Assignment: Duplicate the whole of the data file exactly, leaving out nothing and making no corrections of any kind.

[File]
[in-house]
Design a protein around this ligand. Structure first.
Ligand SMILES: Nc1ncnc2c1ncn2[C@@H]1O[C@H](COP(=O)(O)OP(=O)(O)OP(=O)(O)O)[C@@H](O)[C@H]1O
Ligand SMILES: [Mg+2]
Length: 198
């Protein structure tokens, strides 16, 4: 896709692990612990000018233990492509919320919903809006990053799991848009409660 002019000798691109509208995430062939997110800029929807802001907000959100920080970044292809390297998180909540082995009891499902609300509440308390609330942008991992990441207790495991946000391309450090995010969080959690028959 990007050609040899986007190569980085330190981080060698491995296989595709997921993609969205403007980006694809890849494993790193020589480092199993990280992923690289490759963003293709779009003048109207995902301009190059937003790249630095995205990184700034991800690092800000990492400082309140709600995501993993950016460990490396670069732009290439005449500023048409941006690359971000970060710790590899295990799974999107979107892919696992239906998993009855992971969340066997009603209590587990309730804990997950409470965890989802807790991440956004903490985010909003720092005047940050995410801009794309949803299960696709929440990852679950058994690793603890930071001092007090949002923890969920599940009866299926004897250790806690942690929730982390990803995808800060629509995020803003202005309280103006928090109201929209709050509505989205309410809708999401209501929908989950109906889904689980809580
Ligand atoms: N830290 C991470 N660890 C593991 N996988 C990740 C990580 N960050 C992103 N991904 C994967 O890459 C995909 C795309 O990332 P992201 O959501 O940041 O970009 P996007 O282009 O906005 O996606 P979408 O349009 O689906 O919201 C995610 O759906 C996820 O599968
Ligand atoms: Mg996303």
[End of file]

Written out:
[in-house]
Design a protein around this ligand. Structure first.
Ligand SMILES: Nc1ncnc2c1ncn2[C@@H]1O[C@H](COP(=O)(O)OP(=O)(O)OP(=O)(O)O)[C@@H](O)[C@H]1O
Ligand SMILES: [Mg+2]
Length: 198
């Protein structure tokens, strides 16, 4: 896709692990612990000018233990492509919320919903809006990053799991848009409660 002019000798691109509208995430062939997110800029929807802001907000959100920080970044292809390297998180909540082995009891499902609300509440308390609330942008991992990441207790495991946000391309450090995010969080959690028959 990007050609040899986007190569980085330190981080060698491995296989595709997921993609969205403007980006694809890849494993790193020589480092199993990280992923690289490759963003293709779009003048109207995902301009190059937003790249630095995205990184700034991800690092800000990492400082309140709600995501993993950016460990490396670069732009290439005449500023048409941006690359971000970060710790590899295990799974999107979107892919696992239906998993009855992971969340066997009603209590587990309730804990997950409470965890989802807790991440956004903490985010909003720092005047940050995410801009794309949803299960696709929440990852679950058994690793603890930071001092007090949002923890969920599940009866299926004897250790806690942690929730982390990803995808800060629509995020803003202005309280103006928090109201929209709050509505989205309410809708999401209501929908989950109906889904689980809580
Ligand atoms: N830290 C991470 N660890 C593991 N996988 C990740 C990580 N960050 C992103 N991904 C994967 O890459 C995909 C795309 O990332 P992201 O959501 O940041 O970009 P996007 O282009 O906005 O996606 P979408 O349009 O689906 O919201 C995610 O759906 C996820 O599968
Ligand atoms: Mg996303």